On August 5, 2016, plaintiff Temple-Inland Inc. and defendants Delaware Secretary of Finance, State Escheator and Abandoned Property Audit Manager filed a joint motion to dismiss with prejudice the Temple-Inland Inc. v. Cook, No. 1:14-cv-00654, action. The motion to dismiss was filed pursuant to a voluntary settlement agreement, which puts to rest Temple-Inland’s claims arising out of Delaware’s controversial estimation methodology, and comes just over a month after the U.S. District Court for the District of Delaware found that Delaware’s estimation practices violated due process. The decision to dismiss the action is disappointing for those that hoped for a decision from the Third Circuit once and for all striking down Delaware’s current estimation practices as unconstitutional. Nevertheless, the voluntary settlement agreement is very good news for holders, especially those that are currently under audit or participating in a voluntary disclosure agreement with the state.
In 2014, Temple-Inland filed a complaint in the District of Delaware challenging Delaware’s estimation methodology used by the state to estimate Temple-Inland’s unclaimed property liability under the Delaware Escheats Law, specifically Section 1155. In its complaint, Temple-Inland alleged various violations of the U.S. Constitution. Delaware filed a motion to dismiss the action. The district court granted Delaware’s motion on Temple-Inland’s federal common law claim, but allowed the case to move forward on the constitutional claims. The parties filed cross motions for summary judgment on Temple-Inland’s claims that Delaware’s estimation techniques violated substantive due process, the takings clause and the ex post facto clause.
On June 28, 2016, the district court granted Temple-Inland’s motion for summary judgment on its substantive due process claim. The court’s opinion focused on Delaware’s practices during the audit, including its current estimation methodology, which the court held “shocked the conscience” in violation of substantive due process. In his opinion, Judge Gregory M. Sleet criticized Delaware’s estimation methodology as “contrary to the fundamental principle of estimation” and stated that it created “significantly misleading results” by using unclaimed property owed to residents of other states to extrapolate unclaimed property owed to Delaware.
The Settlement Agreement
We understand that under the settlement agreement, Delaware agreed to withdraw its entire assessment of Temple-Inland’s unclaimed property liability to Delaware, which totaled $2,128,834.13. Delaware also agreed to pay Temple-Inland’s attorneys’ fees and costs, including expert witness reports and copying costs.
Alston & Bird Observations
Although the settlement means that holders will not receive guidance from the Third Circuit in the immediate future regarding Delaware’s use of estimation, the settlement is nonetheless clearly good news for holders. Most obviously, the settlement is a complete and total victory for Temple-Inland, which not only got the assessment withdrawn in its entirety, but also got its fees and costs paid. As a result, the settlement is almost certain to lead to more litigation, as more and more holders—encouraged by Temple-Inland’s favorable settlement and Judge Sleet’s decision—challenge the state’s estimation methodology in audits or voluntary disclosure agreements. The calculus is particularly favorable for holders given that Judge Sleet’s decision, which remains the only published court decision to have considered Delaware’s estimation methodology, found that the methodology created “significantly misleading results,” “is contrary to the fundamental principle of estimation” and (at least as applied to Temple-Inland) was unconstitutional.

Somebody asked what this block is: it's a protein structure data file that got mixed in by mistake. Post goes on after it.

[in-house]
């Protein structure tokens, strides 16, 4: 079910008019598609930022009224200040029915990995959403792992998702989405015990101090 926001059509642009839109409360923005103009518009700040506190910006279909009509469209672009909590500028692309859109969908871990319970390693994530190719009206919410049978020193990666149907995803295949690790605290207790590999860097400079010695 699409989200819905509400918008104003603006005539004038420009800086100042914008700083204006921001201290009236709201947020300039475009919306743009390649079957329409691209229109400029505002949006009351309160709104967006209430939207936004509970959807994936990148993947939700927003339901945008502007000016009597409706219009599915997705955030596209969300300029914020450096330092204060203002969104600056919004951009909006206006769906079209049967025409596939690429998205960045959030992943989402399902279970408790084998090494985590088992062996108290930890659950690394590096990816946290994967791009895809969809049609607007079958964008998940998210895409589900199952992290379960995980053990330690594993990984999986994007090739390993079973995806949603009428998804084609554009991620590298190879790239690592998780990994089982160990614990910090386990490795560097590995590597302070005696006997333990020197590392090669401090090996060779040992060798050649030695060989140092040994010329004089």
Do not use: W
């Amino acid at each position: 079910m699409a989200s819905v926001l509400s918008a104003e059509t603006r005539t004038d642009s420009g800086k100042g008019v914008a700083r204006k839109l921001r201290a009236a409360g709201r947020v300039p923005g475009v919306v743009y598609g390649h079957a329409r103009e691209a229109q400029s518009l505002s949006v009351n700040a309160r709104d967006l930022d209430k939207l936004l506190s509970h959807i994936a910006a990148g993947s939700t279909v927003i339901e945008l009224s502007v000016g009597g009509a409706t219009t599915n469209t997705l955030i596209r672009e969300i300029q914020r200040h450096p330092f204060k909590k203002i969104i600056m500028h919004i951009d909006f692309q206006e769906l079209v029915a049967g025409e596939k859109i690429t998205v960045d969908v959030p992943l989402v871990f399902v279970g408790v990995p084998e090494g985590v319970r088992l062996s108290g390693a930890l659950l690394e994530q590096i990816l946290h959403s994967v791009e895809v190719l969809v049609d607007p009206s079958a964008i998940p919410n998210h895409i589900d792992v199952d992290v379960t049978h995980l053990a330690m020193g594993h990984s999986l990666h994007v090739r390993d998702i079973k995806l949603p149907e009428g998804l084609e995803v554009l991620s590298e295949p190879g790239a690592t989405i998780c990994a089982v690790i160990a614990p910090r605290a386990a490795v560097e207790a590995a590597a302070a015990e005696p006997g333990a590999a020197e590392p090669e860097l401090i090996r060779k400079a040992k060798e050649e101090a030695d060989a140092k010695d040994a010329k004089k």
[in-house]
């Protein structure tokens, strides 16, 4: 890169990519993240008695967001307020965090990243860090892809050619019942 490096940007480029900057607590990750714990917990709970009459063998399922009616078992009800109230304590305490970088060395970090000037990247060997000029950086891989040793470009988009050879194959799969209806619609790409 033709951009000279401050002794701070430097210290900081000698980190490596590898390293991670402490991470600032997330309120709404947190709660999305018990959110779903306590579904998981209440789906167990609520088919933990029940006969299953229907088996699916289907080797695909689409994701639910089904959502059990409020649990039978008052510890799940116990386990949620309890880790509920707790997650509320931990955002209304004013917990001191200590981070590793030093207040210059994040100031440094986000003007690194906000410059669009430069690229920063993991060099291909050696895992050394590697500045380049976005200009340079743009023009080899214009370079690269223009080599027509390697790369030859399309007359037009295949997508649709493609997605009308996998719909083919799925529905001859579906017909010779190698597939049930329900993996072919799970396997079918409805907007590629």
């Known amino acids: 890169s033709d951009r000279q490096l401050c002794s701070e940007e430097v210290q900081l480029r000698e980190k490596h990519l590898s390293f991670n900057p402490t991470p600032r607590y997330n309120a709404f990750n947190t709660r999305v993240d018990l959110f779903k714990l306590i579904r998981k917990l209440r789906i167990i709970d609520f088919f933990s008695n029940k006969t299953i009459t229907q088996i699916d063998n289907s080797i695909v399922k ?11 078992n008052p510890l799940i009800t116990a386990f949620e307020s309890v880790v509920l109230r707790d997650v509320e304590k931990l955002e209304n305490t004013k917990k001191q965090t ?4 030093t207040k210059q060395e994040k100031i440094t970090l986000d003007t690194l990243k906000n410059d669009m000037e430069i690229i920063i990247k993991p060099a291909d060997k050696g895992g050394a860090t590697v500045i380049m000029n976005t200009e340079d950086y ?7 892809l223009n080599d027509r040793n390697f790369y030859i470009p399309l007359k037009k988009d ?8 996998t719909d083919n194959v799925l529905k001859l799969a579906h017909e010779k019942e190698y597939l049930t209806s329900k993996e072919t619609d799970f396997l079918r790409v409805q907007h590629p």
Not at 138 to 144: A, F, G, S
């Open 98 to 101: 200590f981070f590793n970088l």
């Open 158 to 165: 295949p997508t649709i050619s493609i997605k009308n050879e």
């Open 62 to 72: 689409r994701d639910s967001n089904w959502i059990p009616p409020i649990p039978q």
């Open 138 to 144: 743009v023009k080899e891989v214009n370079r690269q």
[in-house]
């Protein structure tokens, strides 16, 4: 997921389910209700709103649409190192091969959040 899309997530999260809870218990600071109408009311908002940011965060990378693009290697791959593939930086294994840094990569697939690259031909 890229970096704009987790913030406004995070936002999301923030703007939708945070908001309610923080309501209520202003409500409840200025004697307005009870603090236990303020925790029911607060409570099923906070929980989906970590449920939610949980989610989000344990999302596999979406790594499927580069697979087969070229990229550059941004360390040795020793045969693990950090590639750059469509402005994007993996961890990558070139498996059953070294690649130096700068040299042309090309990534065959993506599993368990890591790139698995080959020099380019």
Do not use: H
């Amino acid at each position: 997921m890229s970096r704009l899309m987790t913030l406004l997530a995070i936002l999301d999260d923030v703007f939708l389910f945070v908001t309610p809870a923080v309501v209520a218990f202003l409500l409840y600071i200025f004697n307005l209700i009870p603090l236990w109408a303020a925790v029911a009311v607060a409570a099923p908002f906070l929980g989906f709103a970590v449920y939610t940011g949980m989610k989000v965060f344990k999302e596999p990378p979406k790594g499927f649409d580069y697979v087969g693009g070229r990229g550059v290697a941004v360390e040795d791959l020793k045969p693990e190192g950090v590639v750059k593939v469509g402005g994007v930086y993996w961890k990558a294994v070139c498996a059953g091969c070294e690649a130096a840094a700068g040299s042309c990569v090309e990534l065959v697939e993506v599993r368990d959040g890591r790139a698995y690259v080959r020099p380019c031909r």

Thus, although Delaware presumably thought that a settlement would buy it a little time and perhaps induce some holders in audits and VDAs to consent to the use of the old estimation methodology, it is difficult to imagine a holder with any significant assessment simply paying up at this point. As a result, we predict that sooner or later (and probably sooner) the same issue will be before the Third Circuit in another case. Alternatively, the state could buckle under pressure and voluntarily cease or limit its aggressive estimation practices—though any significant self-reform appears exceedingly unlikely given Delaware’s heavy reliance on revenues from unclaimed property. One way or another, therefore, Delaware will be forced to address its administrative practices.
 For additional background and facts, see our prior advisories: “Delaware’s First Published Administrative Appeals Decision Addresses Validity of Estimation Techniques” and “Temple-Inland District Court Denies Delaware’s Motion to Dismiss – Looks Good for Temple-Inland and Holders.”
 For complete discussion of the district court’s decision, see: “Delaware’s Estimation Practices Declared Unconstitutional in Recent Temple-Inland Decision.”
This advisory is published by Alston & Bird LLP’s Unclaimed Property practice area to provide a summary of significant developments to our clients and friends. It is intended to be informational and does not constitute legal advice regarding any specific situation. This material may also be considered attorney advertising under court rules of certain jurisdictions.